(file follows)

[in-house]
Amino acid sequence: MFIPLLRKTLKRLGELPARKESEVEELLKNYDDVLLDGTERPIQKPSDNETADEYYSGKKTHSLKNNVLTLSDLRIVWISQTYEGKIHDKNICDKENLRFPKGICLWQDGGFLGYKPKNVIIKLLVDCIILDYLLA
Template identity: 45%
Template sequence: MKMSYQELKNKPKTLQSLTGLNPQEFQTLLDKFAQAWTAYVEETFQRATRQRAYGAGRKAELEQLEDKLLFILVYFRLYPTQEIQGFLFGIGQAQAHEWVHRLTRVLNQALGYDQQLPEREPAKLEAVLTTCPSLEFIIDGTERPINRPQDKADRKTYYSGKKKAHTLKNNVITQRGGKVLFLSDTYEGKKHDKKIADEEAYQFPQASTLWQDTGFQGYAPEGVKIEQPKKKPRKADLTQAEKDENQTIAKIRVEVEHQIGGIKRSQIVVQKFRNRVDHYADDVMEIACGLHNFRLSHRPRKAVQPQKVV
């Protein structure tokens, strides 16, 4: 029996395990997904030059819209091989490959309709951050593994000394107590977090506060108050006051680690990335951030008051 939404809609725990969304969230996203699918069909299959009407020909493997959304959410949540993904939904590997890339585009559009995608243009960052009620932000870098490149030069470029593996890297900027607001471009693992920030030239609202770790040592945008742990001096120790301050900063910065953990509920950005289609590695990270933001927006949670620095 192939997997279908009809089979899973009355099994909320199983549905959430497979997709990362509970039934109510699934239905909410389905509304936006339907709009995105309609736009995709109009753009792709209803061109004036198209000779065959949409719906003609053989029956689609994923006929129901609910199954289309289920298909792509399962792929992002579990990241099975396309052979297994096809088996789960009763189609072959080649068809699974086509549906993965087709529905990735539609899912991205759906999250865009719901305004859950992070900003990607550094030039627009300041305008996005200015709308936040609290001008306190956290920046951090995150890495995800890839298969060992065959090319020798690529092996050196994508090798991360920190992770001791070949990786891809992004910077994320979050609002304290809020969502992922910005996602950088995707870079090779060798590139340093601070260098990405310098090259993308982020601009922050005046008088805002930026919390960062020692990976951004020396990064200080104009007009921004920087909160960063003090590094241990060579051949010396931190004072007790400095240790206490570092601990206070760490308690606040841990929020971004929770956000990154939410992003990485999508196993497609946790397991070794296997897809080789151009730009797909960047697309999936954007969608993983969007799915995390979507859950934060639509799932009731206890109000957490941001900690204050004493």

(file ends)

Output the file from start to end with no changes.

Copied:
[in-house]
Amino acid sequence: MFIPLLRKTLKRLGELPARKESEVEELLKNYDDVLLDGTERPIQKPSDNETADEYYSGKKTHSLKNNVLTLSDLRIVWISQTYEGKIHDKNICDKENLRFPKGICLWQDGGFLGYKPKNVIIKLLVDCIILDYLLA
Template identity: 45%
Template sequence: MKMSYQELKNKPKTLQSLTGLNPQEFQTLLDKFAQAWTAYVEETFQRATRQRAYGAGRKAELEQLEDKLLFILVYFRLYPTQEIQGFLFGIGQAQAHEWVHRLTRVLNQALGYDQQLPEREPAKLEAVLTTCPSLEFIIDGTERPINRPQDKADRKTYYSGKKKAHTLKNNVITQRGGKVLFLSDTYEGKKHDKKIADEEAYQFPQASTLWQDTGFQGYAPEGVKIEQPKKKPRKADLTQAEKDENQTIAKIRVEVEHQIGGIKRSQIVVQKFRNRVDHYADDVMEIACGLHNFRLSHRPRKAVQPQKVV
């Protein structure tokens, strides 16, 4: 029996395990997904030059819209091989490959309709951050593994000394107590977090506060108050006051680690990335951030008051 939404809609725990969304969230996203699918069909299959009407020909493997959304959410949540993904939904590997890339585009559009995608243009960052009620932000870098490149030069470029593996890297900027607001471009693992920030030239609202770790040592945008742990001096120790301050900063910065953990509920950005289609590695990270933001927006949670620095 192939997997279908009809089979899973009355099994909320199983549905959430497979997709990362509970039934109510699934239905909410389905509304936006339907709009995105309609736009995709109009753009792709209803061109004036198209000779065959949409719906003609053989029956689609994923006929129901609910199954289309289920298909792509399962792929992002579990990241099975396309052979297994096809088996789960009763189609072959080649068809699974086509549906993965087709529905990735539609899912991205759906999250865009719901305004859950992070900003990607550094030039627009300041305008996005200015709308936040609290001008306190956290920046951090995150890495995800890839298969060992065959090319020798690529092996050196994508090798991360920190992770001791070949990786891809992004910077994320979050609002304290809020969502992922910005996602950088995707870079090779060798590139340093601070260098990405310098090259993308982020601009922050005046008088805002930026919390960062020692990976951004020396990064200080104009007009921004920087909160960063003090590094241990060579051949010396931190004072007790400095240790206490570092601990206070760490308690606040841990929020971004929770956000990154939410992003990485999508196993497609946790397991070794296997897809080789151009730009797909960047697309999936954007969608993983969007799915995390979507859950934060639509799932009731206890109000957490941001900690204050004493």